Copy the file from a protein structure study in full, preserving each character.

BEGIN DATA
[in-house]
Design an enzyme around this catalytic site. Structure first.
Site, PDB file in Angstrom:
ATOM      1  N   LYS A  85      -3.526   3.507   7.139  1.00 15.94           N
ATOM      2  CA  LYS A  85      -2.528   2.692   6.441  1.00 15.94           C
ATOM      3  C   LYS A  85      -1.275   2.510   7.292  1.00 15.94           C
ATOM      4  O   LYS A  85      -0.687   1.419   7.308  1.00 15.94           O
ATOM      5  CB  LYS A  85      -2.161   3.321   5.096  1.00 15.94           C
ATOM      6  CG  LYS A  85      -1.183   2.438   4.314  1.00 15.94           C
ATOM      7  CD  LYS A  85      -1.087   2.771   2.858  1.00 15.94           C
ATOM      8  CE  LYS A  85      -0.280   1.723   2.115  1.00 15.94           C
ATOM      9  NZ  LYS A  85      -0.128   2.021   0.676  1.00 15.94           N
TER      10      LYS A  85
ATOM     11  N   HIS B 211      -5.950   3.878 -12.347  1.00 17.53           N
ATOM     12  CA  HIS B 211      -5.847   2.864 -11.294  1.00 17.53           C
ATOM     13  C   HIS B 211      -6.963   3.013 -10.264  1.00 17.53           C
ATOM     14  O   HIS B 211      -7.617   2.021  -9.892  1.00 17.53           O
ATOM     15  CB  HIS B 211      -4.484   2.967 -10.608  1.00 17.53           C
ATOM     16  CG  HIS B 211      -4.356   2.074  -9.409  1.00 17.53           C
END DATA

[in-house]
Design an enzyme around this catalytic site. Structure first.
Site, PDB file in Angstrom:
ATOM      1  N   LYS A  85      -3.526   3.507   7.139  1.00 15.94           N
ATOM      2  CA  LYS A  85      -2.528   2.692   6.441  1.00 15.94           C
ATOM      3  C   LYS A  85      -1.275   2.510   7.292  1.00 15.94           C
ATOM      4  O   LYS A  85      -0.687   1.419   7.308  1.00 15.94           O
ATOM      5  CB  LYS A  85      -2.161   3.321   5.096  1.00 15.94           C
ATOM      6  CG  LYS A  85      -1.183   2.438   4.314  1.00 15.94           C
ATOM      7  CD  LYS A  85      -1.087   2.771   2.858  1.00 15.94           C
ATOM      8  CE  LYS A  85      -0.280   1.723   2.115  1.00 15.94           C
ATOM      9  NZ  LYS A  85      -0.128   2.021   0.676  1.00 15.94           N
TER      10      LYS A  85
ATOM     11  N   HIS B 211      -5.950   3.878 -12.347  1.00 17.53           N
ATOM     12  CA  HIS B 211      -5.847   2.864 -11.294  1.00 17.53           C
ATOM     13  C   HIS B 211      -6.963   3.013 -10.264  1.00 17.53           C
ATOM     14  O   HIS B 211      -7.617   2.021  -9.892  1.00 17.53           O
ATOM     15  CB  HIS B 211      -4.484   2.967 -10.608  1.00 17.53           C
ATOM     16  CG  HIS B 211      -4.356   2.074  -9.409  1.00 17.53           C